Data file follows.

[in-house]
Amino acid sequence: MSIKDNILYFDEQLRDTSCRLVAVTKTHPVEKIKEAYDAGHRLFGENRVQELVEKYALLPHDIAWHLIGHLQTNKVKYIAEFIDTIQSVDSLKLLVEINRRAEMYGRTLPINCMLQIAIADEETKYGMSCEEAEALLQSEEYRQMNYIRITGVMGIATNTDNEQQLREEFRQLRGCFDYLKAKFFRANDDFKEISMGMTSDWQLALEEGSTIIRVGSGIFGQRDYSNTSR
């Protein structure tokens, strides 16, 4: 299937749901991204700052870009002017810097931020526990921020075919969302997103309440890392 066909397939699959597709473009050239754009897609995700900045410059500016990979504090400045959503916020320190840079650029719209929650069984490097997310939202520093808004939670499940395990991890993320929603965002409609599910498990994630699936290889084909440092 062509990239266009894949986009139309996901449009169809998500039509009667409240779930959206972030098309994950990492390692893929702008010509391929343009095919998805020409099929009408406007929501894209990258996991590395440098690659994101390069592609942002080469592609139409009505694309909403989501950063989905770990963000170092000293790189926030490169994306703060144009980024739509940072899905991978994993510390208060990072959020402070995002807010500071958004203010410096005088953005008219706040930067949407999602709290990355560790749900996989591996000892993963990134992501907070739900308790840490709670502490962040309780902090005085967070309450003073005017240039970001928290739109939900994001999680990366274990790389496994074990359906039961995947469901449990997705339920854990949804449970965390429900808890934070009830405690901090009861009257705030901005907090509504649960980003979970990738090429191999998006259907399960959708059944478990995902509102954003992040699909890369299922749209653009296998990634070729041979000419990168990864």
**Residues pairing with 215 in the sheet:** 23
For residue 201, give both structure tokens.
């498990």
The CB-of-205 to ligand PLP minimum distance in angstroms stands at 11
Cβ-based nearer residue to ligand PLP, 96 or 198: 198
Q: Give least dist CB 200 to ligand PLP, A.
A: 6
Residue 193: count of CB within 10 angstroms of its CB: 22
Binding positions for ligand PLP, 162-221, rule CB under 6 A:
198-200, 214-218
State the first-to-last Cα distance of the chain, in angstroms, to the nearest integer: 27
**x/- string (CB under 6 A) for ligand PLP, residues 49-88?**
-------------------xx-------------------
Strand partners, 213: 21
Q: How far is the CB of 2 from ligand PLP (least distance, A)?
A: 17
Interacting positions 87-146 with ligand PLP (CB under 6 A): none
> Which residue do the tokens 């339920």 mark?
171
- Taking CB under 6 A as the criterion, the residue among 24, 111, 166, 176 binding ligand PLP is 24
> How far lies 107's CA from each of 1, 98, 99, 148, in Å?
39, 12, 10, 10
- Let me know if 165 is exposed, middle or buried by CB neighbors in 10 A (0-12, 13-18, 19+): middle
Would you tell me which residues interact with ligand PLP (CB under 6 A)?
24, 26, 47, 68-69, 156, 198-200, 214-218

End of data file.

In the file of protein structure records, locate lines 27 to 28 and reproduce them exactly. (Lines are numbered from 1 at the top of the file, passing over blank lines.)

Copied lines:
Would you tell me which residues interact with ligand PLP (CB under 6 A)?
24, 26, 47, 68-69, 156, 198-200, 214-218